UK hotel insolvencies hit a five-year high last year, rising by 60% to 144* (year to September 30 2019) from 90 the year before, according to research by UHY Hacker Young
The rise in insolvencies is driven in part by a slowing UK economy, which has caused businesses to cut back on conferences and ‘away days.’ Corporate events are a key source of revenue for hotels – as they provide income from venue hire, room bookings and food and drink.
Hotels are also having to contend with weak consumer demand. Although there has been a domestic boost from UK nationals opting for ‘staycations’, overseas tourist numbers are falling. Visits to the UK by overseas nationals fell to 37.9m in 2018, down by 3% on 2017**.
Competition in the sector has sharply increased following a surge in alternatives, such as Airbnb. Having originally been seen as an alternative to the budget hotel market Airbnb is also trying to increase sales in the premium segment.
The growth of Airbnb has also helped to reset consumers expectations, who now expect home comforts and a low price. If hotels are unwilling to invest to improve their offering, some hotels could face becoming outdated.
Competition from direct competitors has also pushed down room prices, as there has been a surge in the number of hotel rooms in the UK. Last year 15,500 rooms were added to the hotel market with a further 19,300 forecast for 2019***.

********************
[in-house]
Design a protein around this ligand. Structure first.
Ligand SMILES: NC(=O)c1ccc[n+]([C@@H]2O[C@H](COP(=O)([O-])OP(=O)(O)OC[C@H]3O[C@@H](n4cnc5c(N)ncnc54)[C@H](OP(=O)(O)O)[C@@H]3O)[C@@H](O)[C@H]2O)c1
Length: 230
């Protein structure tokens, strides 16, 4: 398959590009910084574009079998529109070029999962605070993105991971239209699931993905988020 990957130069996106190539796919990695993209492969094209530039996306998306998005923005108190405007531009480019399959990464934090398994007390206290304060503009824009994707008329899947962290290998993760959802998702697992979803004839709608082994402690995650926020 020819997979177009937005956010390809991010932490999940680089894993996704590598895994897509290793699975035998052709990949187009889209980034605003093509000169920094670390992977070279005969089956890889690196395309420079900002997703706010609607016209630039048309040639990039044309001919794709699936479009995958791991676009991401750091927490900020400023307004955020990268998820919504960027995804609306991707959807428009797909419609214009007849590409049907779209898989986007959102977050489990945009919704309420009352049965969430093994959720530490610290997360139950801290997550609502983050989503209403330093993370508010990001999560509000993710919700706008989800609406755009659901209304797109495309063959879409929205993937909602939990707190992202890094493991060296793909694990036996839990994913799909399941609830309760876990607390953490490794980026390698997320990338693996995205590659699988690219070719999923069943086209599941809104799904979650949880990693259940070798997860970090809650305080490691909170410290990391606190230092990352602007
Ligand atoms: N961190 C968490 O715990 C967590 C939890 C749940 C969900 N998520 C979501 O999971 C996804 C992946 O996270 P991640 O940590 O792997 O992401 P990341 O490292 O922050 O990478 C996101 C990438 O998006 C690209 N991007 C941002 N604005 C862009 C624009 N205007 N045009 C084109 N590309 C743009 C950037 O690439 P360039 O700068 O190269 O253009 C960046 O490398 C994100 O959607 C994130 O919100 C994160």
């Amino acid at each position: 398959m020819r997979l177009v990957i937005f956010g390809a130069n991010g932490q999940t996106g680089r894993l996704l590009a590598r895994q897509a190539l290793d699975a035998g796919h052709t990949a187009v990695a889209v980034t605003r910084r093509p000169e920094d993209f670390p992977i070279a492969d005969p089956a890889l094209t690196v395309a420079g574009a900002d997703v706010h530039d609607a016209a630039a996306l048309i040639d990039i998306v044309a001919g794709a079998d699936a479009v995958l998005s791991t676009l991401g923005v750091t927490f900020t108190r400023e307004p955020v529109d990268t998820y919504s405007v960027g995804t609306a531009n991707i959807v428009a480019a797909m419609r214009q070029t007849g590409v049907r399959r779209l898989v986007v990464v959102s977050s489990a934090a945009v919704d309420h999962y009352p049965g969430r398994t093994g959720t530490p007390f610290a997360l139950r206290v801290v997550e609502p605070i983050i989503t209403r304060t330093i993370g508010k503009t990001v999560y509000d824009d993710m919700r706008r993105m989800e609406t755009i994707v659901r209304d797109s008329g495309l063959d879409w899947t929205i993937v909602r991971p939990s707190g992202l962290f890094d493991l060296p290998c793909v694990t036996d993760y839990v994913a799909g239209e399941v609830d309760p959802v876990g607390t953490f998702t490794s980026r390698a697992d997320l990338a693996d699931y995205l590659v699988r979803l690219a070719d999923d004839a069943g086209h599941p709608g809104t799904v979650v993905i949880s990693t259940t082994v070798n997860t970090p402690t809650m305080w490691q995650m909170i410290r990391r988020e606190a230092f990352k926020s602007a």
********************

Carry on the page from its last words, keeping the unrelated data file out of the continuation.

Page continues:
Peter Kubik, Turnaround and Recovery partner at UHY’s London office, says: “The hospitality sector is facing a period of considerable upheaval. Those hotels that are unable to fund change face being left behind.”
“On top of that, Airbnb is increasing its market share and not just amongst millennials. Hotels – many of which are lagging behind in their use of technology – are going to have to quickly bring themselves up to speed.”
Hotels are also under pressure to list on sites such as Booking.com, to reach as many potential customers as possible. However, these sites often charge large referral fees reducing hotels profit margins considerably.
Margins are also squeezed by increases in the minimum wage, import costs and business rates. The National Living Wage has increased four times in just over three years, most recently by 5% in April this year reaching £8.21. The weakness in Sterling has driven up the cost of importing food and drink, which, with so much competition in the sector, is hard to pass on to customers.
The number of hotel insolvencies jumps 60% to 144, the highest number in five years